OTC anti-fungal treatments

A person putting an ointment on her hand. (Photo from: Pexels)

A person putting an ointment on her hand. (Photo from: Pexels)

Ketoconazole or clotrimazole creams are available over-the-counter for fighting common fungal infections such as athlete’s foot or jock itch. These treatments may also be effective in combating fungal acne, which is caused by the fungus Malassezia.

Consult a dermatologist

If nothing else works, consider consulting a dermatologist. To treat fungal acne, they may also give you prescription medication, such as itraconazole or fluconazole, which targets the hair follicles directly and eliminates the fungal infection.

Common Fungal Acne Triggers to Avoid

Oil being poured into a transparent bowl. (Photo from: Pexels)

Oil being poured into a transparent bowl. (Photo from: Pexels)

Unfortunately, fungal acne is typically triggered by a lot of ingredients commonly found in skincare products. If you unknowingly apply one containing these ingredients, your breakouts might get worse.

Here are some key fungal acne triggers to avoid:

Fatty acids and oils (carbon chain 11-24)

Multiple studies have shown that the Malassezia fungus feeds on fatty acids—particularly those with carbon chain lengths of 11-24. Most oils contain fatty acids, too, and can thus end up becoming food for Malassezia, as the fungus can break down the fatty acids present in oils. An exception to this rule would be mineral oils, which do not have fatty acids.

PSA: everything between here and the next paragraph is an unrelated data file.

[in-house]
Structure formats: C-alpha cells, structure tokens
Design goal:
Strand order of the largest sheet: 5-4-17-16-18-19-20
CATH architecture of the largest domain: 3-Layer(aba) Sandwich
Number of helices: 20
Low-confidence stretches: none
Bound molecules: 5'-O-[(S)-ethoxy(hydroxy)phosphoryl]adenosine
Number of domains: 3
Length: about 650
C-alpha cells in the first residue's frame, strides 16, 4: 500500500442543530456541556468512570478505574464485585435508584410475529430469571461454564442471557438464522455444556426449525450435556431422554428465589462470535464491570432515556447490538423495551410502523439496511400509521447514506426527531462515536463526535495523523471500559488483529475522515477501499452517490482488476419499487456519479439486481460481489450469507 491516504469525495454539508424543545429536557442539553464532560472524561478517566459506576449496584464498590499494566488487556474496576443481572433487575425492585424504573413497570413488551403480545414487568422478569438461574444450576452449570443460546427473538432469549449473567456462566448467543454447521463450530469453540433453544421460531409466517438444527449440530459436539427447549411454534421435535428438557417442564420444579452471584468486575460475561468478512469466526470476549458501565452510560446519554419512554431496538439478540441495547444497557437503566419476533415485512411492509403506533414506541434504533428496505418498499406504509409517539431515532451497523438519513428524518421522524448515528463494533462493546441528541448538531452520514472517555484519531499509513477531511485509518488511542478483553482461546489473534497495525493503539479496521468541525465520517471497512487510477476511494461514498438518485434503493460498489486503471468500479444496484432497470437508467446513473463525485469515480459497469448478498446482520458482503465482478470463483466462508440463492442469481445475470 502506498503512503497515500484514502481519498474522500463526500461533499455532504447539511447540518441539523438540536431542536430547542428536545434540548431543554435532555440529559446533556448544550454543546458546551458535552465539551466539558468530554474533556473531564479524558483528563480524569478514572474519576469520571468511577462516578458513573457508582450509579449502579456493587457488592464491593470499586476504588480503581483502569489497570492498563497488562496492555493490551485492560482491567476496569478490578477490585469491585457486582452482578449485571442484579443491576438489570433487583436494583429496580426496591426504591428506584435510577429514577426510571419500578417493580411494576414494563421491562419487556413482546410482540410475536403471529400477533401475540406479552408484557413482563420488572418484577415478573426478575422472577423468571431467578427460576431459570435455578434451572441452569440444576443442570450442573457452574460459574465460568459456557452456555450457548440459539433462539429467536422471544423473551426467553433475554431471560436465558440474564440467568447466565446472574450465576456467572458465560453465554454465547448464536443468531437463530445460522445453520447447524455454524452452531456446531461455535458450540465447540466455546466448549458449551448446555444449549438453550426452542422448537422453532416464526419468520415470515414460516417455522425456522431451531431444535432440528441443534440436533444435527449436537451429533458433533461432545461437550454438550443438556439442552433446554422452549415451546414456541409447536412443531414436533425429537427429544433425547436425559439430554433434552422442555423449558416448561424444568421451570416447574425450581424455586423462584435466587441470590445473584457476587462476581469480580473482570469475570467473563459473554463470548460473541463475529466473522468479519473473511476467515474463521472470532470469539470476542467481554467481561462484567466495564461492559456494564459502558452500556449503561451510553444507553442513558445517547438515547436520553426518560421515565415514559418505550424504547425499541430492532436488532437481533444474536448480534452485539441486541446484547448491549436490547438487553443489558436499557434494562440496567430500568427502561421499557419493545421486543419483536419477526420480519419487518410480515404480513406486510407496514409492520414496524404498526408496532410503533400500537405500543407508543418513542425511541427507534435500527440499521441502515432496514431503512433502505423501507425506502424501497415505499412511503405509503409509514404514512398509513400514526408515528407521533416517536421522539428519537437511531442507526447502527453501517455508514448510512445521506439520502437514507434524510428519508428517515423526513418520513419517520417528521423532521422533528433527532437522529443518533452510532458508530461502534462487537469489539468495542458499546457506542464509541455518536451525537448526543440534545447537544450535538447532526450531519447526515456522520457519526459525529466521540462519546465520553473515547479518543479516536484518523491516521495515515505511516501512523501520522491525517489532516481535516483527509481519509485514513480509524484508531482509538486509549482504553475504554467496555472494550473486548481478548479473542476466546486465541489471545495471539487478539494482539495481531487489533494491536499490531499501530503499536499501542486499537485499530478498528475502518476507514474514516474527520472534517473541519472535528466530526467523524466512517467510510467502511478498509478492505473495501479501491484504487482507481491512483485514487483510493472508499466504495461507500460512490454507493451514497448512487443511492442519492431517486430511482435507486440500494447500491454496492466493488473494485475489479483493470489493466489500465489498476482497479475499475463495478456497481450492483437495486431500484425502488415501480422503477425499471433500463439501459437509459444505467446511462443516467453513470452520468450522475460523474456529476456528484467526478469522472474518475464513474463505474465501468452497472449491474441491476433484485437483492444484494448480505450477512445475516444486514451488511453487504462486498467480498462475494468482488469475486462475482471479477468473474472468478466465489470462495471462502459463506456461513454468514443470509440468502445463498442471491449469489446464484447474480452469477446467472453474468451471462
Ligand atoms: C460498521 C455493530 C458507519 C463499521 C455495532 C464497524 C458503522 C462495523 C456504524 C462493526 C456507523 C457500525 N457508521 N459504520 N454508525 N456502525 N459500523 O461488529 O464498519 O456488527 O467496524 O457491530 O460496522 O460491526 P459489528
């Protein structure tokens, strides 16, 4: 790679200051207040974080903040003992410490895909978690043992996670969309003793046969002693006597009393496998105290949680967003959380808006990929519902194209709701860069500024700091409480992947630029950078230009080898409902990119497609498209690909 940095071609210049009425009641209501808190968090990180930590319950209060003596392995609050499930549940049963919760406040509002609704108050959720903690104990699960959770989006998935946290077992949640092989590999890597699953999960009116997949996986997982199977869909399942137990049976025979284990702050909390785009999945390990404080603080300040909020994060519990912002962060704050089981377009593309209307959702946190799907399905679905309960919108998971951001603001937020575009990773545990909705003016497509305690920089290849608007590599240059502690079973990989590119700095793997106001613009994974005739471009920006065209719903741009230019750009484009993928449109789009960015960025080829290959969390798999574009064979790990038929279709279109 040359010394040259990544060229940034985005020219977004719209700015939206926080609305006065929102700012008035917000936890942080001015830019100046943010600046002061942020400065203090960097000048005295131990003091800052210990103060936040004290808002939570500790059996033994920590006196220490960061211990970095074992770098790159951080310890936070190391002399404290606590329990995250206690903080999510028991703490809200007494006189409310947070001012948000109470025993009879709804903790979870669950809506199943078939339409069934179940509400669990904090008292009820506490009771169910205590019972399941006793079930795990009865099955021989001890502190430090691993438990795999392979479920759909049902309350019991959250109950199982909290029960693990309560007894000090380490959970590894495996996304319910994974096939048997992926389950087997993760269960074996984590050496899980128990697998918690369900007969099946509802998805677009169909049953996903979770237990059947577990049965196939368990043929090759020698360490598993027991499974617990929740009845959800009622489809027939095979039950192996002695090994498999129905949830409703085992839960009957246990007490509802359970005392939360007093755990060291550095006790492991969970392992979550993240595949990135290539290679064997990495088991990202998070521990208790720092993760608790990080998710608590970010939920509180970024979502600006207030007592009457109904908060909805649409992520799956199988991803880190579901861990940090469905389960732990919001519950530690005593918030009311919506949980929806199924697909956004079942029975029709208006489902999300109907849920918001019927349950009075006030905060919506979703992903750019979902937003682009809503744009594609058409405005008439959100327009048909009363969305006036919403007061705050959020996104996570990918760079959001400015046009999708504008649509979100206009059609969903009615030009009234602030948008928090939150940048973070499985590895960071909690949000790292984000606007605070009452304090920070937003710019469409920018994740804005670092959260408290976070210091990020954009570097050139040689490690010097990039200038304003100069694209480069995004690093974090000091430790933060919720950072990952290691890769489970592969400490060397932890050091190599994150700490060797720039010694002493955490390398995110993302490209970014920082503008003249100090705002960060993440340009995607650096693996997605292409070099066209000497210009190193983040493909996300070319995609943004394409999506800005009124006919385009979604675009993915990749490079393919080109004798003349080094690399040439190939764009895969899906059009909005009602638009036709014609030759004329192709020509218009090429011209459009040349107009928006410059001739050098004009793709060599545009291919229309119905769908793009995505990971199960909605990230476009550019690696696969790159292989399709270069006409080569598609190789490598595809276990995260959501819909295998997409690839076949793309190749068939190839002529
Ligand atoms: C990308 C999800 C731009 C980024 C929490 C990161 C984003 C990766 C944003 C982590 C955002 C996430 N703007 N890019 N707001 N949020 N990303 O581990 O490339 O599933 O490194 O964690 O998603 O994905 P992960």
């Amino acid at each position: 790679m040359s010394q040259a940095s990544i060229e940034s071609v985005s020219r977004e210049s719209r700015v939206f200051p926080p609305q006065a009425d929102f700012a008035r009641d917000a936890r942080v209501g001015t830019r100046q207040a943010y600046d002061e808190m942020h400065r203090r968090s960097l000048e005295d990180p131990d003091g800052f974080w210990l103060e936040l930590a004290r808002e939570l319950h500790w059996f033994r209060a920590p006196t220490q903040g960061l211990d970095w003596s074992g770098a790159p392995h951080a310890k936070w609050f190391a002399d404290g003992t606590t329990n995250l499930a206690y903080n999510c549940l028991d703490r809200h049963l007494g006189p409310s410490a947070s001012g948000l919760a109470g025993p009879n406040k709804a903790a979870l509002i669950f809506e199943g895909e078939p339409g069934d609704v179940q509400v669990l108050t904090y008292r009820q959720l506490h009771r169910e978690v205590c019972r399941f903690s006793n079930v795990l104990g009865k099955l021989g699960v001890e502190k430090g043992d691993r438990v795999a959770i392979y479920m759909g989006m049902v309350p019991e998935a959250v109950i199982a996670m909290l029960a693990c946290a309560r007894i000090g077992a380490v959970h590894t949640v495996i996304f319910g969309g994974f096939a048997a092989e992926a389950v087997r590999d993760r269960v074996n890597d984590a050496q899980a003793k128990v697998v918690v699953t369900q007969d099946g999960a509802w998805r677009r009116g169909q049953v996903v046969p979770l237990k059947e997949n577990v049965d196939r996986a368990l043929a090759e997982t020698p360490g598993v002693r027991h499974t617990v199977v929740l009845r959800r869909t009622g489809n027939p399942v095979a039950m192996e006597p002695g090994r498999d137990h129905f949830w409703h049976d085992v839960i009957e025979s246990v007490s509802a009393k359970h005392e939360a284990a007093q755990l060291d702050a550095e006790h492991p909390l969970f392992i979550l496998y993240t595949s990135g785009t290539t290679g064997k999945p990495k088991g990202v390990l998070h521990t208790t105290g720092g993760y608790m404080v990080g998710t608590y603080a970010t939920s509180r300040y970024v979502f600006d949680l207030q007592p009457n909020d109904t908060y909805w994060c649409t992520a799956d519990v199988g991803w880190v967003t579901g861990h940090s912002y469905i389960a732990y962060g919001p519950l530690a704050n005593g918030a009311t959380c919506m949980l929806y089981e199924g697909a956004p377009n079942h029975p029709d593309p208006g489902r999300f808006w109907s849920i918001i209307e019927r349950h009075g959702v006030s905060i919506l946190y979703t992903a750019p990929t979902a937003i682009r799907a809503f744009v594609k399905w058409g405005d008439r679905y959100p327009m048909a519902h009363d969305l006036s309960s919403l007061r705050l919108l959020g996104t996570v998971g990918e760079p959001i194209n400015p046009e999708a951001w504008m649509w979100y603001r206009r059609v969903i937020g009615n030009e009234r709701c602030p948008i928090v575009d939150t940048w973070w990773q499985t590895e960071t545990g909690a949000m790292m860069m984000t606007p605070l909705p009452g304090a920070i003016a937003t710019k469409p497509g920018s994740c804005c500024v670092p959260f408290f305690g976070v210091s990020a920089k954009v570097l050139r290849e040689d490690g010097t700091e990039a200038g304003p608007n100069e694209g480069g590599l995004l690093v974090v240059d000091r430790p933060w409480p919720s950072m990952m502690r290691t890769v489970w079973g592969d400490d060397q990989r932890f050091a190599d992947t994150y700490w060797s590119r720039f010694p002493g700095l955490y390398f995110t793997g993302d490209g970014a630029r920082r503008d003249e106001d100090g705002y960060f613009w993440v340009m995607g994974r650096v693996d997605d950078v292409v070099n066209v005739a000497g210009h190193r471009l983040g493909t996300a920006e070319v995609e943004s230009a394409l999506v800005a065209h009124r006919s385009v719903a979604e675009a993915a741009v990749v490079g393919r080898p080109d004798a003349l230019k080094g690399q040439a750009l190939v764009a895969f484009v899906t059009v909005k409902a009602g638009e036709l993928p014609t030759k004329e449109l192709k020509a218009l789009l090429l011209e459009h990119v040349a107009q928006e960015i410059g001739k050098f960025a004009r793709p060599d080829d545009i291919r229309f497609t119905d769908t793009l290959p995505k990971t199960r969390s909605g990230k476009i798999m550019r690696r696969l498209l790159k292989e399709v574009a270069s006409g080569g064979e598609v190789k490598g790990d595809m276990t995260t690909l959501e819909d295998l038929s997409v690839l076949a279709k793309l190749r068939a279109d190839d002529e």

Unfortunately, most skincare products contain fatty acids. The most common ones include: lauric, palmitic, stearic, oleic, and linoleic acid. Therefore, make it a habit to scour the ingredients list. If you’re not sure if a product is fungal acne-safe, you may consult this ingredient list checker, which specifies if a product is fungal-acne safe.


Esters are also common ingredients for skincare products—usually as a combination of a fatty acid with alcohol or glycerol. Just like with oils, Malassezia can break down, or hydrolyze, esters into their fatty acid and alcohol or glycerin components. Hence, it can use these fatty acids, especially if they are within the C11 to C24 range, as a food source to further grow.


For reference, esters are easily identifiable in ingredient lists, as they typically end in -ate (e.g., isopropyl palmitate, glyceryl stearate, etc).


Polysorbates are another kind of ester, which harms the skin the same way—two strains of Malassezia, namely Malassezia furfur and Malasezzia sympodialis, use polysorbates as food. That’s because these compounds also start as fatty acids, before they get turned into an ester in a process known as esterification.

Fermented skin care products